Patriots

MLB manager gets new 2-year contract

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MLB manager gets new 2-year contract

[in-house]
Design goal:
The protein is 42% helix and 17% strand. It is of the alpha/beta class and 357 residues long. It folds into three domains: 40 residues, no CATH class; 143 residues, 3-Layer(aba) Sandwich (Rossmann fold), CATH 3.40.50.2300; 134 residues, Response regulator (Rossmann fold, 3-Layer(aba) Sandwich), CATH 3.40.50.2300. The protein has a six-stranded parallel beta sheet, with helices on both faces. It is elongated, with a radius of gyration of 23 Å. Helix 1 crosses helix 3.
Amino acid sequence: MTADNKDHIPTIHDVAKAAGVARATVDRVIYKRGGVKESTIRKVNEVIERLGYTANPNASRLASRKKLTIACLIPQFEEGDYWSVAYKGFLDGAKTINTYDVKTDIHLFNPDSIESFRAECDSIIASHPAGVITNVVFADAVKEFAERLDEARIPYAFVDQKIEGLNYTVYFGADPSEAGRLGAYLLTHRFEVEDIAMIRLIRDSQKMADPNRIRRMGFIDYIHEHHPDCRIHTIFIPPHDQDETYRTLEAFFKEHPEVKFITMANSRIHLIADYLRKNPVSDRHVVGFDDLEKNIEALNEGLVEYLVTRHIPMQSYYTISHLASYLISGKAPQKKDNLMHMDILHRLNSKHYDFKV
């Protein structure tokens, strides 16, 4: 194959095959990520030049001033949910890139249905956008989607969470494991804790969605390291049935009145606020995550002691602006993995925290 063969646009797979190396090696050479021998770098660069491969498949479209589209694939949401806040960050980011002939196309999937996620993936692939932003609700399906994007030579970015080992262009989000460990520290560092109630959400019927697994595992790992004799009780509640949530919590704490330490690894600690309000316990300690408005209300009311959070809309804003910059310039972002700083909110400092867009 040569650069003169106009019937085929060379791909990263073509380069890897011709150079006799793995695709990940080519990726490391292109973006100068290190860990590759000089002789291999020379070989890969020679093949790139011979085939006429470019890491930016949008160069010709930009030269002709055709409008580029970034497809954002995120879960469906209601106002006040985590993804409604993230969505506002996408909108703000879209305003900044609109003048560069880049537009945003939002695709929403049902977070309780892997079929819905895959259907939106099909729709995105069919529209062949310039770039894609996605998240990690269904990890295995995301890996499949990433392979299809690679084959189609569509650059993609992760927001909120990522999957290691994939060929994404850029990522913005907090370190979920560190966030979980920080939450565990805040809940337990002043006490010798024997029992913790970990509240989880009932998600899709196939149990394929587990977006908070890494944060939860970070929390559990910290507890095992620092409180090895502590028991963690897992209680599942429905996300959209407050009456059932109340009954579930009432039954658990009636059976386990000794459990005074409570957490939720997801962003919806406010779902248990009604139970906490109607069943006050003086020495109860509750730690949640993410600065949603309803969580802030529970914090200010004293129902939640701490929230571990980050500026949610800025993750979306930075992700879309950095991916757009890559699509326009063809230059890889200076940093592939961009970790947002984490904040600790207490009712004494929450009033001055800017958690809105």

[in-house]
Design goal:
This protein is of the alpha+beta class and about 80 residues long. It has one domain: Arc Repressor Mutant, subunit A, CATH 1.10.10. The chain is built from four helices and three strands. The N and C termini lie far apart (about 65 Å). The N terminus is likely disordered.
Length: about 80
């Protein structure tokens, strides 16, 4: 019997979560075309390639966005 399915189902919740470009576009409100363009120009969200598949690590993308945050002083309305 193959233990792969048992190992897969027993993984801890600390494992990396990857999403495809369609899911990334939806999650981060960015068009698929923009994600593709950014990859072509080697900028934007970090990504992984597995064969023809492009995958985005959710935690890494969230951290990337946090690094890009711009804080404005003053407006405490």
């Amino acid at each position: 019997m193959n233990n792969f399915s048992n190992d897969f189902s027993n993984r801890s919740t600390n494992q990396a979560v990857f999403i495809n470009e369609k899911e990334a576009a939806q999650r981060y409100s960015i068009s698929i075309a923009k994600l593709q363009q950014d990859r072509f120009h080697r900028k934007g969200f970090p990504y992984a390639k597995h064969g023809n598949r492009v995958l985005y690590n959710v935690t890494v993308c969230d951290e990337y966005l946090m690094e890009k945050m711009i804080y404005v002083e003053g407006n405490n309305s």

From Comcast SportsNetCINCINNATI (AP) -- Reds owner Bob Castellini couldn't imagine Dusty Baker leaving.The 63-year-old manager got a two-year contract extension Monday, giving him another chance to take Cincinnati deep into the playoffs. They've been there twice in the last three years, failing both times to get past the division series.Baker missed the Reds' NL Central title celebration this year because he was hospitalized with an irregular heartbeat and a mini-stroke. He returned and lost ace Johnny Cueto at the start of their series against San Francisco, which ended with the Giants rallying to win Game 5.The team's first big question of the offseason was whether it would bring Baker back for another try."This is Dusty's team," Castellini said. "These fellas are poised to go deeper and deeper in the season. To not bring Dusty back or not ask Dusty to come back was out of the question."Baker is feeling much better, and the Reds have the nucleus of their 97-win team returning next year, including one of the deepest pitching staffs in the major leagues. When the club offered another two-year deal -- same as the last one -- Baker quickly agreed."It's very much the same contract and very much the same thing for all of us up here: There's work left to be done," Baker said. "I didn't want to leave on a note that we still have work to do."I don't want to leave in a situation where for the rest of my life I would have regretted not coming back with unfinished business. It would have left a real pain in my heart to feel the way I did at the end of the season."Baker did one of his best managing jobs this season, guiding the Reds through one major setback after another.They lost closer Ryan Madson and their two setup relievers to injury during spring training. Baker eased left-hander Aroldis Chapman into the closer's role, a move that worked beautifully. Joey Votto tore cartilage in his left knee at midseason, costing the Reds their top hitter -- he was never the same, even after returning.Baker juggled his lineup and led the club on a 36-12 tear while Votto was recuperating. With the team on the verge of clinching, Baker ended up in a hospital during a road trip in Chicago. He missed 11 games and returned for the final regular-season series.The Reds made it through the season with all five starters healthy, a trend that ended in the first inning of the playoffs. Ace Johnny Cueto pulled muscles in his right side on his eighth pitch in San Francisco, sidelining the 19-game winner and putting Cincinnati's pitching plans in disarray.Baker got creative with his pitching staff and the Reds won the first two games. With a chance to wrap it up back in Cincinnati, they had a passed ball and an error that let the Giants rally for a 10-inning win in Game 3. The Giants completed their comeback on Buster Posey's grand slam to take Game 5.The Reds have won two division titles in the last three years -- their best showing since Sparky Anderson ran the Big Red Machine in the 1970s -- and have won 169 games over the last three years, their best such stretch in 30 years."We're moving in the right direction," general manager Walt Jocketty said. "We're trying to build a team that will be in contention for a long time and win multiple world championships. One of the things we feel is very important is continuity."Every place I've been, we've always had continuity, whether it's the scouts, the front office, the minor league people. But most importantly, the guys that are leading the team on the field. If you look, the more successful operations and teams are the organizations that keep continuity in their leadership."Baker has presided over a revival in Cincinnati, which was rebuilding when he took over in 2008. The Reds were moving from a team reliant on homers -- an offense built around Ken Griffey Jr. and Adam Dunn -- to one that wins with pitching and defense.A young team reached the playoffs unexpectedly in 2010, then got swept by Philadelphia. Baker became one of only six managers to win division titles with three teams, along with Billy Martin, Joe Torre, Tony La Russa, Lou Piniella and Davey Johnson.Cincinnati took a step back last year, when three starters got hurt or sick during spring training and several players had subpar seasons. They won 90 games again this year, the seventh time one of Baker's teams has reached the mark.The overriding question was whether he'd be physically able to continue managing. He's had an irregular heartbeat since he was a teenager and high blood pressure for years. He's managing the problems with a change in diet."Really his health was never an issue with us and him," Jocketty said. "The doctors in Chicago and Cincinnati gave him a clean bill of health and said he'd have a total recovery. We've seen a quick recovery. Look at him now -- he looks happier and stronger than he was even months ago."Baker has lost weight, much of it from fluid buildup."I can't wait for spring training," Baker said. "I feel excellent. I feel I have most of my strength back."